Unpaid internships hide behind the notion that the role is offering work experience; therefore, the new work experience definition will be detrimental in the fight against unpaid internships. Giving work experience the broad legal definition of “assisting with and carrying out any task with the aim of gaining experience” will only work in favour of the exploitation. For instance, that definition can be easily applied to most entry-level assistant roles. The Unpaid Work Experience Bill is essentially providing a broad definition that would exempt individuals from payment for up to four weeks.
Worryingly, the Private Members Bill is supported with research that a majority of businesses support no payment for up to four weeks. Four weeks is a very long time to work unpaid, allowing exploiters to attain a lot of free labour. At the end of four weeks, there is no guarantee an intern will stay on and receive payment; another intern can simply be recruited for another four weeks, after that, another intern for four weeks and so on.
I feel it’s important to bring up that there is already a misconception that unpaid internships lasting two or four weeks are acceptable, which is not true. I can only imagine how bad unpaid internships will become should the Unpaid Work Experience Bill pass, and it becomes common knowledge internships don’t have to be paid for up to four weeks.
One of the elements of exploitation in unpaid internships comes in the form of using the unpaid role to trial someone for a paid role. The Unpaid Work Experience Bill does nothing but add to this problem. Those already involved in this shady practice will only be incentivised by the four week payment free timeframe the Unpaid Work Experience Bill is proposing to introduce.
Additionally, the Unpaid Work Experience Bill does not clamp down on unpaid internships being used to fill legitimate/one-off vacancies. For instance, a public relations company recruiting a team of unpaid interns to work at an event, or a clothing brand looking for a marketing intern to undertake the role of Marketing Coordinator.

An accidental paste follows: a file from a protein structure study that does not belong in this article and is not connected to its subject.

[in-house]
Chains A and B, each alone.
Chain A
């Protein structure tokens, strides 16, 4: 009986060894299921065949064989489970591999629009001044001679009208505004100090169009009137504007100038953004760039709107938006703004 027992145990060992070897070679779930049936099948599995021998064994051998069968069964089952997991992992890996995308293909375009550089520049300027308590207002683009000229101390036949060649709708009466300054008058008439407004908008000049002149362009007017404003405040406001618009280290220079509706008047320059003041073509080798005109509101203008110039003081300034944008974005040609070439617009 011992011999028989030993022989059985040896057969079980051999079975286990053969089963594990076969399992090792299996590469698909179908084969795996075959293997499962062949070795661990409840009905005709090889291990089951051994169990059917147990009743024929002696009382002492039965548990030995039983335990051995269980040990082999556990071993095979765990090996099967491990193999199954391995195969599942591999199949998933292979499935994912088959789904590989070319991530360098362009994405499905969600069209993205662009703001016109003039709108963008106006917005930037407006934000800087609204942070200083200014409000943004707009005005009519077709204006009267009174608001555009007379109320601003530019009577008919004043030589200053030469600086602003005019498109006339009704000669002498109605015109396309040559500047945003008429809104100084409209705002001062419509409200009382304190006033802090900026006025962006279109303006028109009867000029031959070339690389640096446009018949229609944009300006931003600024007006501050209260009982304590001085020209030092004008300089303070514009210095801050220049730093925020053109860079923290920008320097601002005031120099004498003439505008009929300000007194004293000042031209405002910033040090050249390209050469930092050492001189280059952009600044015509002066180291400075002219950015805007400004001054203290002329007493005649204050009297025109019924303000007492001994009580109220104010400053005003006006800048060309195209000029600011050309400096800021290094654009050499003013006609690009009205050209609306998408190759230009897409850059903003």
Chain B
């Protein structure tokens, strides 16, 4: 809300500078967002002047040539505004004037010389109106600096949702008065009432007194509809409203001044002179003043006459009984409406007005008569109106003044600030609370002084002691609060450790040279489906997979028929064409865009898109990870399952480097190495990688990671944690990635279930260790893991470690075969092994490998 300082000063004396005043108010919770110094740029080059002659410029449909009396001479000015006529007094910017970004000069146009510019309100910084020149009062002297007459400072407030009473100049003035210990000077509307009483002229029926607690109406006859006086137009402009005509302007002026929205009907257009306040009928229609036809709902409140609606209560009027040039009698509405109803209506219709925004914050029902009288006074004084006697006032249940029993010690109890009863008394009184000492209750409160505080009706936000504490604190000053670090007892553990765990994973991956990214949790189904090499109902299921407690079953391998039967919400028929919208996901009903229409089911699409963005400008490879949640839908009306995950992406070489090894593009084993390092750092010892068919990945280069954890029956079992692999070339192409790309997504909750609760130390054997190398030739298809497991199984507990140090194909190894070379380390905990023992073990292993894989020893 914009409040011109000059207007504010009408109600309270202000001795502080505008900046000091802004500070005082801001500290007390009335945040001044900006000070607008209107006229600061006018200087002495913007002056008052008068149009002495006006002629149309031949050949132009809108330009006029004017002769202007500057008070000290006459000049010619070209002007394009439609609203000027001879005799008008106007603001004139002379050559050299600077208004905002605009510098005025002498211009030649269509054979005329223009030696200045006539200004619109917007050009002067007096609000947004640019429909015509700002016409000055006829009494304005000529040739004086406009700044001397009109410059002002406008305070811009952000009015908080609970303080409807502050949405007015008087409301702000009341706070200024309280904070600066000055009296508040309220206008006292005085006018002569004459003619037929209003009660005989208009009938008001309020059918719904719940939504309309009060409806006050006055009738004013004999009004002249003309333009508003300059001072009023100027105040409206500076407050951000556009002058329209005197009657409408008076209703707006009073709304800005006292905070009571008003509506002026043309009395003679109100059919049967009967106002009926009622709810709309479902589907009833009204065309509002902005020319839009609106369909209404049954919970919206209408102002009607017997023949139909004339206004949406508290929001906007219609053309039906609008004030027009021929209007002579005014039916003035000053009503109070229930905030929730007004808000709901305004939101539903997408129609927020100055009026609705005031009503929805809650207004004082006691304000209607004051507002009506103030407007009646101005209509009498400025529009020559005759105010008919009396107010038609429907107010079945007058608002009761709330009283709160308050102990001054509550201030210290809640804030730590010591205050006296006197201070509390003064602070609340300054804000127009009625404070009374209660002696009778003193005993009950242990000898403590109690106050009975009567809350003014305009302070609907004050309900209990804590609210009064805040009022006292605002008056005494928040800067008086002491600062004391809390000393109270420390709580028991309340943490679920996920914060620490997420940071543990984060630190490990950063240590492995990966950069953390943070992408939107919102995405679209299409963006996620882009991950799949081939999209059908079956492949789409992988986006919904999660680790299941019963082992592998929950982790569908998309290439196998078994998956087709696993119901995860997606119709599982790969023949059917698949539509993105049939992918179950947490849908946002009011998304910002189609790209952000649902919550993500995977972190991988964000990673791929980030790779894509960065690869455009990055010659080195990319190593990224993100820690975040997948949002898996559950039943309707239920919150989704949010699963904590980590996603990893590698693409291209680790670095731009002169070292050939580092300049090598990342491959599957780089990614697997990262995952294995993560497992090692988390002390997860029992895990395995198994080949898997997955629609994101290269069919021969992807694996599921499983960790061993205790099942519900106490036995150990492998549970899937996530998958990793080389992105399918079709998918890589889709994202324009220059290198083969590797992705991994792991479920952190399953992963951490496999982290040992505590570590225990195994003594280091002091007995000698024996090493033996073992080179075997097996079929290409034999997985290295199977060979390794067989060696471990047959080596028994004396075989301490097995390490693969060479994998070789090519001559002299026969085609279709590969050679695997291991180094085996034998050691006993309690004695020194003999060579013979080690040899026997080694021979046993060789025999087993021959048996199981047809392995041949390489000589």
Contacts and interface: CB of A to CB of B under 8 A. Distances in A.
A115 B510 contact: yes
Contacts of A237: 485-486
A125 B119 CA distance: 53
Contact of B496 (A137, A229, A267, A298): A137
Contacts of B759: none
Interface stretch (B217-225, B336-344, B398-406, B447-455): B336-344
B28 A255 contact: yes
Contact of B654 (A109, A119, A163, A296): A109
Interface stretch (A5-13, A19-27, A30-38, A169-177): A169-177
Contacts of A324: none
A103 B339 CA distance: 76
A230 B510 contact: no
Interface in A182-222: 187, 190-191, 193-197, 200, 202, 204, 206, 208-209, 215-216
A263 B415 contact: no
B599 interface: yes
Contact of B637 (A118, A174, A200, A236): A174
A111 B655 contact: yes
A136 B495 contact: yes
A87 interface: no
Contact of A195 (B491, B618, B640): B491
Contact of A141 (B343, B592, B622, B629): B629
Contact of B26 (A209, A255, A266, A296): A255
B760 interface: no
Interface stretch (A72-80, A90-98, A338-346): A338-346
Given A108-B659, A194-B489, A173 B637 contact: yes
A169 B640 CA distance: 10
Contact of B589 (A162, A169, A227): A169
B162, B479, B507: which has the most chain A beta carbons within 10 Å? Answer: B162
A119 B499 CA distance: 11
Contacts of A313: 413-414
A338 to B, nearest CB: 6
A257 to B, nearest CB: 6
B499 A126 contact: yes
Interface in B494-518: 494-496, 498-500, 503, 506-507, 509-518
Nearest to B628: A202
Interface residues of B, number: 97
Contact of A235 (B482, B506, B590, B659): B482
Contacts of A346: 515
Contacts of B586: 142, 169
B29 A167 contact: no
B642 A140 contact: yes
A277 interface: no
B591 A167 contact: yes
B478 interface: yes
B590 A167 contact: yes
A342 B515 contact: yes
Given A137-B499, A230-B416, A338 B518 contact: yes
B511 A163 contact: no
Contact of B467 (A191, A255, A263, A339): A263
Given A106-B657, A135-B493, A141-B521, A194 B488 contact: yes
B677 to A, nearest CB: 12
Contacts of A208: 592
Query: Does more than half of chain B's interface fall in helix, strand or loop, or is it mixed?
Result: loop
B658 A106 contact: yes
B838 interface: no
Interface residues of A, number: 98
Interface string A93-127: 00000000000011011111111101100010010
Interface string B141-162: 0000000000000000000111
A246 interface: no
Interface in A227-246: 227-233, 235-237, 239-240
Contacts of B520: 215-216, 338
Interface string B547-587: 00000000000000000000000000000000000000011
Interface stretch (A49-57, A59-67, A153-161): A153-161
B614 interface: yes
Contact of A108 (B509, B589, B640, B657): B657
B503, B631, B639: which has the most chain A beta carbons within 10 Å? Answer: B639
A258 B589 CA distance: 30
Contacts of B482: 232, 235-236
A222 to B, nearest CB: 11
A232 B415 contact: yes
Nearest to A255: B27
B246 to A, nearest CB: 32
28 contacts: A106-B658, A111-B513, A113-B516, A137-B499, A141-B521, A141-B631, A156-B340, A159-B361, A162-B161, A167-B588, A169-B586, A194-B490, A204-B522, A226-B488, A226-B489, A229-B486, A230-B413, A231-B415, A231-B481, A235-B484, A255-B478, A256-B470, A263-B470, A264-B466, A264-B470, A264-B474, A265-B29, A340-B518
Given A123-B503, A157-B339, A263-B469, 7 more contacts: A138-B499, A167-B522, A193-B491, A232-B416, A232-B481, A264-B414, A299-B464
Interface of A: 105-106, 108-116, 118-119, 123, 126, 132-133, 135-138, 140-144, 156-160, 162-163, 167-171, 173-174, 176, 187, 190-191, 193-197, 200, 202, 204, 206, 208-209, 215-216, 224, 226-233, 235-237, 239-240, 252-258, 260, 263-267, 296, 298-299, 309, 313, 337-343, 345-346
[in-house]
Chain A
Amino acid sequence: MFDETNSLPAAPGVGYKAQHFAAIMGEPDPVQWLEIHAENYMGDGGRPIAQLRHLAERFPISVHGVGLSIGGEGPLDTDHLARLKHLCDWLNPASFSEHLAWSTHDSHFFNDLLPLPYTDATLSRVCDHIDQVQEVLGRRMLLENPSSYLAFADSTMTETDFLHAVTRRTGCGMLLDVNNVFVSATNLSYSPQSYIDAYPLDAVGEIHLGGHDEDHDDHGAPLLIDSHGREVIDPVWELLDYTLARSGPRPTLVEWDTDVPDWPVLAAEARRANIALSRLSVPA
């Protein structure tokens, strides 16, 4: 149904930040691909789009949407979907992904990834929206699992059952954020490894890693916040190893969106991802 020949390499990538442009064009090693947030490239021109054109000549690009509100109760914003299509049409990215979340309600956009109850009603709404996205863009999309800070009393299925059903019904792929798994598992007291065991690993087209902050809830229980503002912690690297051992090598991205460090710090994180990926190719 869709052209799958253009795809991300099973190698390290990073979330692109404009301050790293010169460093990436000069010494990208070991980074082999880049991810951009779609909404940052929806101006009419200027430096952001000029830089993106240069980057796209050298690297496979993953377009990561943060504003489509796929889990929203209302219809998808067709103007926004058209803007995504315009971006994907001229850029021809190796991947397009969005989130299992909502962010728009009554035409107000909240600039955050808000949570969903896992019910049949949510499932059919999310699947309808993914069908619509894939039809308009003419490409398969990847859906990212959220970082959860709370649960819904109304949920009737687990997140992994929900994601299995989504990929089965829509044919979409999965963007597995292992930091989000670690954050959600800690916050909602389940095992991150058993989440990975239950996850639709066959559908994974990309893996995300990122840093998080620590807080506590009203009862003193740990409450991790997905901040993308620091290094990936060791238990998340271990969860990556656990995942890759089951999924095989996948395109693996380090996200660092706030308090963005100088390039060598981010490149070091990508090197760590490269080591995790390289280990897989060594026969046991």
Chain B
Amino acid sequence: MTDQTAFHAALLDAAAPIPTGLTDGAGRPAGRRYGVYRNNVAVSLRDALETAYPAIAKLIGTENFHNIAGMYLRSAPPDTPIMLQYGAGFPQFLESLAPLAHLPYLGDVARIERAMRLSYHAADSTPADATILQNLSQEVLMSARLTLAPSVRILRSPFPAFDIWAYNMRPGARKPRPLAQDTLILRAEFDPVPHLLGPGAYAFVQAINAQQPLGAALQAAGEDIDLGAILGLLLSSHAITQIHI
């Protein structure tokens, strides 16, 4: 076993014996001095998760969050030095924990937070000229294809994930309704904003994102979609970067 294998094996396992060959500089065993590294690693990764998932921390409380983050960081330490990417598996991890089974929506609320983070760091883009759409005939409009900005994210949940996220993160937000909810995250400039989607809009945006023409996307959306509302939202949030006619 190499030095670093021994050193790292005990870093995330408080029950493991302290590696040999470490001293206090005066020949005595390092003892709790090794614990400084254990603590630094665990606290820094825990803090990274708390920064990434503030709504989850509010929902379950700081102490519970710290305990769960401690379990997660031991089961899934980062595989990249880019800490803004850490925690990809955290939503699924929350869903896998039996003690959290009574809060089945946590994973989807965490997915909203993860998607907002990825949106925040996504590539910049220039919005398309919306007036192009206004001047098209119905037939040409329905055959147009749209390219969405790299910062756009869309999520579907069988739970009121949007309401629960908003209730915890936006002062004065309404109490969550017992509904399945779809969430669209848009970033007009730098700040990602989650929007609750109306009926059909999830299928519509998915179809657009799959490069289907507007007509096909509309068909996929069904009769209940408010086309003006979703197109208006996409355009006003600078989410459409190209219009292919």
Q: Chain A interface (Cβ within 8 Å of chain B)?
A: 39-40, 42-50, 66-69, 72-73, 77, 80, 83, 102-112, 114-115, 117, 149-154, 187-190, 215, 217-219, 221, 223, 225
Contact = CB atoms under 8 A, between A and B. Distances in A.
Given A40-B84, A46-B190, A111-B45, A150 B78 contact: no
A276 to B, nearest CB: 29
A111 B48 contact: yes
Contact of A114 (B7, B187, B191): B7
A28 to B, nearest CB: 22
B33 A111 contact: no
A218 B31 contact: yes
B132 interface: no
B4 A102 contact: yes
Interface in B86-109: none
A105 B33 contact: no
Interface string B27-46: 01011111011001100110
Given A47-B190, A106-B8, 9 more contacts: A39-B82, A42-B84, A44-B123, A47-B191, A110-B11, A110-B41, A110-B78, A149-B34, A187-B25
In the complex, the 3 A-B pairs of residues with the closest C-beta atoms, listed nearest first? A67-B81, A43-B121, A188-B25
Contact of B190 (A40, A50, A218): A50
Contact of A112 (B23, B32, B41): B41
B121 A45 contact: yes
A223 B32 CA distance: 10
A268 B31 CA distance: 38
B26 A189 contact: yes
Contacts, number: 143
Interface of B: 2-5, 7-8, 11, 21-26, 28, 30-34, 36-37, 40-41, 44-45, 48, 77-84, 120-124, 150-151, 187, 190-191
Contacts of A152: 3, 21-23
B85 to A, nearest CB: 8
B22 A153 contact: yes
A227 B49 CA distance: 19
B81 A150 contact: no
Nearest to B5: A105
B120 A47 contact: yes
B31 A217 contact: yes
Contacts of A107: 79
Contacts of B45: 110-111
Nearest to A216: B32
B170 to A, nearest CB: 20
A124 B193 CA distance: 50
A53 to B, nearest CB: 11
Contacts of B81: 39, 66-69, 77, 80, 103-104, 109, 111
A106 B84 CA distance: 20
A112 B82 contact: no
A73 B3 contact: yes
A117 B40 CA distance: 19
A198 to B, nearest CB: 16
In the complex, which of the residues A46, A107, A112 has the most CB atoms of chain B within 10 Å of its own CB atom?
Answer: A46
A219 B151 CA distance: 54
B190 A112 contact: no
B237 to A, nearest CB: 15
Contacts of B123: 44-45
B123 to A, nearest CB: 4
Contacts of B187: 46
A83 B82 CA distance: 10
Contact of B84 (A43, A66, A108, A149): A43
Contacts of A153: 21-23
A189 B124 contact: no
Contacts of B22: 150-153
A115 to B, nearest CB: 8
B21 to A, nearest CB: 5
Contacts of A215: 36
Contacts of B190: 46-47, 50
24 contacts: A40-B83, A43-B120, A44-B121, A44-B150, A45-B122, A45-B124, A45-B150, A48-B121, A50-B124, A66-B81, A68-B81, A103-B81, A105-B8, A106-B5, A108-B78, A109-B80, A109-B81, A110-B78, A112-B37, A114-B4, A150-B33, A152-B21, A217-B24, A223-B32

Social mobility will also be damaged by introducing a law change that allows unpaid roles for up to four weeks. Expecting a graduate to work unpaid up to four weeks, who can easily be replaced with another unpaid intern does not help to further their career, especially those from lower socio-economic backgrounds. At a time when diversity, inclusion and equality is being highlighted more than ever, it is crucial to focus on how the Unpaid Work Experience Bill, if passed, will affect these issues. The Unpaid Work Experience Bill does not help fight social exclusivity for those who can’t afford to work for free and will not help to bring about the much-discussed, and necessary change industries require. Instead, the advantage will likely remain with those from a privileged background who can afford to work for free, resulting in increased opportunity hoarding.
It would be straightforward just to ban unpaid internships, but therein lies part of the problem as “internship” has no legal status in the UK. When discussing unpaid internships in the context of this petition, we’re essentially dealing with roles no different to temporary jobs that should be paid, but instead hide behind the notion of work experience to avoid payment. Resulting in loophole excuses such as, “they don’t have to turn up if they don’t want to”.
Although the wording is often internship, these unpaid positions, no different to temporary jobs fall within the realm of work experience, despite exploiting work experience. Therefore, banning unpaid internships means to ban unpaid work experience, resulting in no one ever being able to do any form of work experience unless it’s paid. That solution doesn’t work; it’s overkill. Work experience provides an insightful opportunity to youngsters, allowing individuals to gain an element of experience they can build upon. The problem is, how do you stop work experience based roles from being exploited, which they currently are through unpaid internships and would continue to be through the Unpaid Work Experience Bill.
The No To Four Weeks petition isn’t about an alternative solution. It’s about stopping a proposed solution, that will only make the problem worse. The Unpaid Work Experience Bill needs to be stopped or changed, to allow a solution that can be devised that is heavily in favour of the experience seekers/interns and not the exploiters of unpaid internships. However, for argument sake, what could an alternative solution or solutions look like? Below is a simple overview of multiple changes that could help drastically fix the problem of unpaid internships, not create more unpaid internships.